5. Plan for a better work/life balance. A team of teachers, administrators and other school staff can improve the climate and community of the school by planning activities that support wellness. No, I don’t mean more canvas bags with inspirational teaching quotes on them! Many teachers are overwhelmed with paperwork and intense job responsibilities. School leadership can help by streamlining cumbersome paperwork processes, and providing as much clerical support as possible. Make sure the schoolwide duties are shared equally by classroom teachers and other school staff, because often the burden (and most of the pressure) sits primarily with classroom and academic subject teachers. Wellness funds can be used to improve the school climate and facility, and improve the health of school staff. Weekly running and walking groups, lunch potlucks, and yoga classes can improve morale and promote a healthy work/life balance for busy teachers.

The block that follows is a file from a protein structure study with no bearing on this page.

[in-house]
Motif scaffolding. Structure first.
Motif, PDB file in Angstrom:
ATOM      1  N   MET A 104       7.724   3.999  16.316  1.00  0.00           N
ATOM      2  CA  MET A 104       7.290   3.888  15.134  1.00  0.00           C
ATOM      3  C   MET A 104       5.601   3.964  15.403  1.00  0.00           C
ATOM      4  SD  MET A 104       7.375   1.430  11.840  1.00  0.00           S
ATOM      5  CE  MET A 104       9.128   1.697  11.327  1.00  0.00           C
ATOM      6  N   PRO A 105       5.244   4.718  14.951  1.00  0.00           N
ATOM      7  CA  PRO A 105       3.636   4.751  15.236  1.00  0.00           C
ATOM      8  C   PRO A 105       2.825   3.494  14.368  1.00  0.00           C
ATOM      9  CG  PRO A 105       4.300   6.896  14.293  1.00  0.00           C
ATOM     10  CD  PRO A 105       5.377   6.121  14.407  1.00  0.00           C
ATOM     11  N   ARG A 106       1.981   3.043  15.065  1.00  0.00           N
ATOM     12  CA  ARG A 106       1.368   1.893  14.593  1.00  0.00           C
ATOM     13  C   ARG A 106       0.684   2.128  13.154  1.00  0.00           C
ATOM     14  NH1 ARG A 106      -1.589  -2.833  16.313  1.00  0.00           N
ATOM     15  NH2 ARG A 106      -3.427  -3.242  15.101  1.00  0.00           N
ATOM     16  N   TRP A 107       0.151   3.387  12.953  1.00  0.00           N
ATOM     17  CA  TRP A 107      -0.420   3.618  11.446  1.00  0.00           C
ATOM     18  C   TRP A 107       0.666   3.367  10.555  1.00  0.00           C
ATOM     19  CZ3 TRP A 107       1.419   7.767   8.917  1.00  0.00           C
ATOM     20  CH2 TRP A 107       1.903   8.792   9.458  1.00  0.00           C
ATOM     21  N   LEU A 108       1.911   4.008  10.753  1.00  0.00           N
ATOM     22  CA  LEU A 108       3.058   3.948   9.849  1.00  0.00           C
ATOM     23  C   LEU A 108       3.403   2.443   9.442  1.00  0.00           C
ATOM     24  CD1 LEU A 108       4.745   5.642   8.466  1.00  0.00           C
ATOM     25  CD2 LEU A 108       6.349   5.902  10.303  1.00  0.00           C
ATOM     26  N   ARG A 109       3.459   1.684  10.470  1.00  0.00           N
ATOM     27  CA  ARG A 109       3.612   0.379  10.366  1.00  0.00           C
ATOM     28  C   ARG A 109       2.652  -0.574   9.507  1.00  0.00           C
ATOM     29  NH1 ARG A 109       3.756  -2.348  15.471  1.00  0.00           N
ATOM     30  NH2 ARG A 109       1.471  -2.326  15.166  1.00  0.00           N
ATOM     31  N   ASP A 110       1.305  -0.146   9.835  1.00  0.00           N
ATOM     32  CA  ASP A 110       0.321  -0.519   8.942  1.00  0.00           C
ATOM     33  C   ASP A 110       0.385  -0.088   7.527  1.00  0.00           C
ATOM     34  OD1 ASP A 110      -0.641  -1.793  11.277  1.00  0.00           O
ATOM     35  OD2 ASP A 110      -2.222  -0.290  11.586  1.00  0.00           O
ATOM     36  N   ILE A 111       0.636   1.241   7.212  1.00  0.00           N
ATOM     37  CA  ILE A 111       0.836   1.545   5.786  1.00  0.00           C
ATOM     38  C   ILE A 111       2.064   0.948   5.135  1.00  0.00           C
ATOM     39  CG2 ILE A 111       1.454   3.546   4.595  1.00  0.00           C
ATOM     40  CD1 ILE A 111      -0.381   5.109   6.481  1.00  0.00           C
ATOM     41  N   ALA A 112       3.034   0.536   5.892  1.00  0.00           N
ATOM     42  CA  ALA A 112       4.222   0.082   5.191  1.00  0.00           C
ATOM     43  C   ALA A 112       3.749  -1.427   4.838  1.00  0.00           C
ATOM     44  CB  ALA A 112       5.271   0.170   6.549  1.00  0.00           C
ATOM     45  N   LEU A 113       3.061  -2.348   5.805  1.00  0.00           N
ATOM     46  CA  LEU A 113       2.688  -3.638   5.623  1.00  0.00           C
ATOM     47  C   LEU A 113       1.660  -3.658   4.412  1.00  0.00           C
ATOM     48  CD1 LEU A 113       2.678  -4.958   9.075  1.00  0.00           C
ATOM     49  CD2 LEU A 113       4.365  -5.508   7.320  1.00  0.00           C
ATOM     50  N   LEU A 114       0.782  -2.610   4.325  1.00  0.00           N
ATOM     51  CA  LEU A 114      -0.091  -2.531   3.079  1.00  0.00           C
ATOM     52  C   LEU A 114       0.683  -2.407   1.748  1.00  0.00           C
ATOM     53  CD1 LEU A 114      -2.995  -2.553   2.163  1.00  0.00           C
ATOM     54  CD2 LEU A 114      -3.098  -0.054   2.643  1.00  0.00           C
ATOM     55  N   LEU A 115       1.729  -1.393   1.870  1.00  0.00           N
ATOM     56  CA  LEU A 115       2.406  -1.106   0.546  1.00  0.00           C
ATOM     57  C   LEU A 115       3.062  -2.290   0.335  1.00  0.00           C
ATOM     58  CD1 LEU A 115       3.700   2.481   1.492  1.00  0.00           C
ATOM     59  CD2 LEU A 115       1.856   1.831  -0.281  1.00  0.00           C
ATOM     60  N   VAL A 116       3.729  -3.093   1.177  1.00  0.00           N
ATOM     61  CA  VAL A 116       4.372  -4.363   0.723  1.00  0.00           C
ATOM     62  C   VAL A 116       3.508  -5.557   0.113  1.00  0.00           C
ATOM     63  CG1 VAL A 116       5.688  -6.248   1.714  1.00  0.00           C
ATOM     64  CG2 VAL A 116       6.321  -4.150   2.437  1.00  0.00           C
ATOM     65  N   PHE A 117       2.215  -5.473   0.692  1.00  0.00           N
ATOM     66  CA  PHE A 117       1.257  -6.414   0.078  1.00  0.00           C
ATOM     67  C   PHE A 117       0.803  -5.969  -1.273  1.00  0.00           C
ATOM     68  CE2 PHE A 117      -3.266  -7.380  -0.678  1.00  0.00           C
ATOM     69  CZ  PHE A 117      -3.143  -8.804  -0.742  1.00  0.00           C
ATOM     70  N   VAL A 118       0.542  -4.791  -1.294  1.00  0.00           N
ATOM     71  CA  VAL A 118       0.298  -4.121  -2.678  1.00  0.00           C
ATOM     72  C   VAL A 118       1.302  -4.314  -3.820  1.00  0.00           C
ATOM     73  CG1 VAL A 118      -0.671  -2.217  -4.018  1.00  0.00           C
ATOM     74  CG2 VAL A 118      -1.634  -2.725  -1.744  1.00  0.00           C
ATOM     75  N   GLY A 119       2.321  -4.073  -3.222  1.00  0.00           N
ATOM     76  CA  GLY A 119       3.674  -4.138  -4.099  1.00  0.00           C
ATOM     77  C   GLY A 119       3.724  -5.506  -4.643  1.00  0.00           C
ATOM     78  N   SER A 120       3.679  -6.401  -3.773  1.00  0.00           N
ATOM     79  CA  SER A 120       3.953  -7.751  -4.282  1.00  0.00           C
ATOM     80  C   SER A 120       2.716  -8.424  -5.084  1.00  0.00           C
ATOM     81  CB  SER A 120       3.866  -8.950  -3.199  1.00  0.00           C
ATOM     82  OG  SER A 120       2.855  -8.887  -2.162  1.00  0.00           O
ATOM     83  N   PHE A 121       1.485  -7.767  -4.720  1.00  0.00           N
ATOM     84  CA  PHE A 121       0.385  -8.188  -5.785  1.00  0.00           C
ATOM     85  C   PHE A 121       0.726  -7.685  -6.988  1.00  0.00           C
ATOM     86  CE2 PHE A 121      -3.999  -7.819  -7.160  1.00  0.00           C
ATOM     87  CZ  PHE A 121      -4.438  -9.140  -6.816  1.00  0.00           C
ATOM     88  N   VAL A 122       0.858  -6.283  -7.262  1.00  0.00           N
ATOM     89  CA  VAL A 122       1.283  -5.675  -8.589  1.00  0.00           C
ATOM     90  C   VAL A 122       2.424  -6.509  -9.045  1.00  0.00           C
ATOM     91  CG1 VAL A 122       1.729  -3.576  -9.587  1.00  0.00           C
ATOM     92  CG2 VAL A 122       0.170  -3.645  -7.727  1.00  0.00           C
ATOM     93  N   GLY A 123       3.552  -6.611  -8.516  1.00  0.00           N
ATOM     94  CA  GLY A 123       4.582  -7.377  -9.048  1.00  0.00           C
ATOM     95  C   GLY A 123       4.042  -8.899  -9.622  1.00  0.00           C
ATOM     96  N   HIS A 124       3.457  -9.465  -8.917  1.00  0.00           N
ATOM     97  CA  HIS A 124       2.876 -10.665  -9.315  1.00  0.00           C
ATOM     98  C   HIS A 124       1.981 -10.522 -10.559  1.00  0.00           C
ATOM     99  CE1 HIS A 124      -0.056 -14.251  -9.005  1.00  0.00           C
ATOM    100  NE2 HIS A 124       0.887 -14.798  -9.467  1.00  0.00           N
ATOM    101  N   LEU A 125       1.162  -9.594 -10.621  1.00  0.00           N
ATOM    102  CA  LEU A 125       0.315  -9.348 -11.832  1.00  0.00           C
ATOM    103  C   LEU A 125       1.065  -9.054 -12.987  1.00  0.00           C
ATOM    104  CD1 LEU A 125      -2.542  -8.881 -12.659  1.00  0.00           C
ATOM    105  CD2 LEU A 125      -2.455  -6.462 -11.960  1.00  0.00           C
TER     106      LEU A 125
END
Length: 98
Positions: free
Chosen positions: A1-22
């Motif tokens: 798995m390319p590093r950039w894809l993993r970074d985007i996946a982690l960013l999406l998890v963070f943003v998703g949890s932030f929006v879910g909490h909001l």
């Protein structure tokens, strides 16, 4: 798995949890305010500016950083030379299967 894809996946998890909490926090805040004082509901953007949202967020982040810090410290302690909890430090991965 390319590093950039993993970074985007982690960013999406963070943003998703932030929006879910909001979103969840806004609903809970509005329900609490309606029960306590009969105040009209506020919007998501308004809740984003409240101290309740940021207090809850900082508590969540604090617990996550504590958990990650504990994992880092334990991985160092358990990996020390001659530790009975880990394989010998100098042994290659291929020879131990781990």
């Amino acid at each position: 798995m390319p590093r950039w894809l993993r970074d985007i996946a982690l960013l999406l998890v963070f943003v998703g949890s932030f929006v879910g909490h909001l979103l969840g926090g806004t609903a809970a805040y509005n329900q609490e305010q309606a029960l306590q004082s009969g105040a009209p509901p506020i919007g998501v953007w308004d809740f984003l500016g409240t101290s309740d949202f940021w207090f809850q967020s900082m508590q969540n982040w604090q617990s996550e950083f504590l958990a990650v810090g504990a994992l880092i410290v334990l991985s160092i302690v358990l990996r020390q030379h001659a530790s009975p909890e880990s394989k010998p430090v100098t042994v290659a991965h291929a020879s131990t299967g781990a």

6. Create an environment that compensates master teachers who continue to grow, evolve and perform. Most of the focus on teacher compensation has been raising the entry-level salaries of new teachers. While that is a great step, schools and communities should also create an environment that compensates master teachers who continue to grow, evolve and perform. Many midcareer and master teachers are facing nominal salary increases. For example, a 30-year veteran in my area of Vermont retiring this year would earn around $60,000. Many talented teachers nationwide see how they have to fight for small pay increases in a very public manner. Teaching is one of the only professions where the level of education and responsibility is not commensurate with its salary. There is no one magic bullet for retaining teachers. But we must work to make schools comfortable, creative, refreshing and exciting learning environments if we are to keep our nation’s best teachers in the classroom, providing the highest quality education possible. This is the elephant in the room. If we keep hiring great teachers, and then forget about them for years to come, many will continue to leave for higher paying, more innovative and better respected careers. We can’t let that happen.
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